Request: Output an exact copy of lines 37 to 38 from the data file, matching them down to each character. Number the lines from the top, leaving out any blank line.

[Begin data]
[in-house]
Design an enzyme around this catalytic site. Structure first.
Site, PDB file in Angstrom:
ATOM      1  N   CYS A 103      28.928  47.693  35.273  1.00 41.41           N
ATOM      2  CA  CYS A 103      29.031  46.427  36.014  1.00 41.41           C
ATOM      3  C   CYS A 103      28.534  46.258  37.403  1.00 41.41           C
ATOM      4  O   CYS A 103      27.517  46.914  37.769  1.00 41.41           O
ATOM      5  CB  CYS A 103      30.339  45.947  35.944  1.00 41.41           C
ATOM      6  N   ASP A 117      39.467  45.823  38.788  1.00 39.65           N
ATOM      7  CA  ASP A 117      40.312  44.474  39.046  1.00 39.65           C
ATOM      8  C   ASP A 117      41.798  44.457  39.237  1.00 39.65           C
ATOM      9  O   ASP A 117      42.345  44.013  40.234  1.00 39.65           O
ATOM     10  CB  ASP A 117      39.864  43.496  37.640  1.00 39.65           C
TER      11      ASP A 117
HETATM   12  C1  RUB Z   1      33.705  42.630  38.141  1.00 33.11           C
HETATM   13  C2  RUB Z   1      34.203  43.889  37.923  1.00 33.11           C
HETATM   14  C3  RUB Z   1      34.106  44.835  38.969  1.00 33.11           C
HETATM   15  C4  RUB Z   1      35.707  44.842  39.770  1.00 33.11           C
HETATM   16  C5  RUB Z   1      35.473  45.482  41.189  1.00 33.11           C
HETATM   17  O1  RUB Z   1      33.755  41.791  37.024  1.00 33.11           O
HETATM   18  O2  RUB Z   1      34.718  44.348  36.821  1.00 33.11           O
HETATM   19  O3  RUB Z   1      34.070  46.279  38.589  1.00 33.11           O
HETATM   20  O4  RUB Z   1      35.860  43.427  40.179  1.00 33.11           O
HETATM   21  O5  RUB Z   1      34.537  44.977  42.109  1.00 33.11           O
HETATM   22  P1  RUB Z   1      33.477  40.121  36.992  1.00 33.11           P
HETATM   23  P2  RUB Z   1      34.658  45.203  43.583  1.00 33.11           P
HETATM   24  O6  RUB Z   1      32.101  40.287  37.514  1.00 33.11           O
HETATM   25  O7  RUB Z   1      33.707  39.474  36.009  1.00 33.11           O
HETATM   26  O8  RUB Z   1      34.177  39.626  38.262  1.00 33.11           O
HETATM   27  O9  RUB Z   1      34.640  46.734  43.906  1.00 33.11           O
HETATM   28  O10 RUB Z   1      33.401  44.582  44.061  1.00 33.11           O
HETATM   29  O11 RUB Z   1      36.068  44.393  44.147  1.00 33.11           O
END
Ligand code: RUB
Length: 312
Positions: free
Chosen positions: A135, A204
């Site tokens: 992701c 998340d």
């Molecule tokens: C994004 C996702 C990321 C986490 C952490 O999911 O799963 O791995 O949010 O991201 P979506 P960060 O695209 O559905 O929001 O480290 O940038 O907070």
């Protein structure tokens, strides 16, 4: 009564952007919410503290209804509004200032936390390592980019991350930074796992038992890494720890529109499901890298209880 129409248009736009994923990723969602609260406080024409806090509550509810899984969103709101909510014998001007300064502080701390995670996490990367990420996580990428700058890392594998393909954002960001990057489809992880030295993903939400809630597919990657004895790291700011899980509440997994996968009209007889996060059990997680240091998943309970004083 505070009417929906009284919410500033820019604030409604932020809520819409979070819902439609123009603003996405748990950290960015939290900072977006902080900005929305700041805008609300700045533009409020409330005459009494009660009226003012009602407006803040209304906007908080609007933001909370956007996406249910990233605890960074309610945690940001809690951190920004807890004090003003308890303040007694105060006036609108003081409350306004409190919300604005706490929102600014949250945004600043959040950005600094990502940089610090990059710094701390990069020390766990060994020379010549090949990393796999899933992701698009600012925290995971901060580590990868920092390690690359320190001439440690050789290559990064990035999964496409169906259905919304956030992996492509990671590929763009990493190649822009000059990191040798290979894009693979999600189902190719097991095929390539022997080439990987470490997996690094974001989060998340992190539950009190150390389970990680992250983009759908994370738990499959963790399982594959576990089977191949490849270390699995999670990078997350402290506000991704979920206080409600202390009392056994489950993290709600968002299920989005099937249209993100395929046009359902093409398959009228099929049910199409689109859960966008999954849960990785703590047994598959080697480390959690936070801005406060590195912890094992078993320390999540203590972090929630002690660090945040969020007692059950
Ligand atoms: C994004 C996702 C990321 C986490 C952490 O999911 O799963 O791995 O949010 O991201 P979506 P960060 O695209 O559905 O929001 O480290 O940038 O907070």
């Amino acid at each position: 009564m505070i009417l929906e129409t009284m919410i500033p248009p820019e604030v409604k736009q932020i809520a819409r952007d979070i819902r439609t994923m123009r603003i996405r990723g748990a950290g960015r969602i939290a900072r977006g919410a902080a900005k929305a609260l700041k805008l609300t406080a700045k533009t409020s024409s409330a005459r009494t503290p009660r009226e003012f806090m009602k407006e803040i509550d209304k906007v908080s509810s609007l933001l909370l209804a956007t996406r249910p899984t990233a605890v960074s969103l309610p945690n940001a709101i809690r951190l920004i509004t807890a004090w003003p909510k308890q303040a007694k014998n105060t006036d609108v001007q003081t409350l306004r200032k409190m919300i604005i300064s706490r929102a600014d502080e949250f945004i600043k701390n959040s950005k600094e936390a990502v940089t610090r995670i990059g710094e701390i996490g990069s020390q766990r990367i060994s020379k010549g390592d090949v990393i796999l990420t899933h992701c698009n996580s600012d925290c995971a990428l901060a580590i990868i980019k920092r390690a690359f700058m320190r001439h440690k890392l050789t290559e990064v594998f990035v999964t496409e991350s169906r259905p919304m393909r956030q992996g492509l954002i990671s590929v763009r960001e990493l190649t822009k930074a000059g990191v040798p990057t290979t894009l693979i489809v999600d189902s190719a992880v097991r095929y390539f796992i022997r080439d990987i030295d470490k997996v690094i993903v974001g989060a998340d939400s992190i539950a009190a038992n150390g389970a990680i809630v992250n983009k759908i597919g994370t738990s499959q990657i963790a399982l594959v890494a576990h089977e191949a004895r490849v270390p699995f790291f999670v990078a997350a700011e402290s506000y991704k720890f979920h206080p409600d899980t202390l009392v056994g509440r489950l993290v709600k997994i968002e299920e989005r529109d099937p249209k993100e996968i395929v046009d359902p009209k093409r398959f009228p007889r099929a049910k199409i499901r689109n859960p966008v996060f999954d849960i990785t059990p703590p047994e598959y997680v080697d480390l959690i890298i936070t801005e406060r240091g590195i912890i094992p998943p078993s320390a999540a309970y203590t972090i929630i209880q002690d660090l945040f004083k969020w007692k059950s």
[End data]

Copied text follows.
Chosen positions: A135, A204
């Site tokens: 992701c 998340d």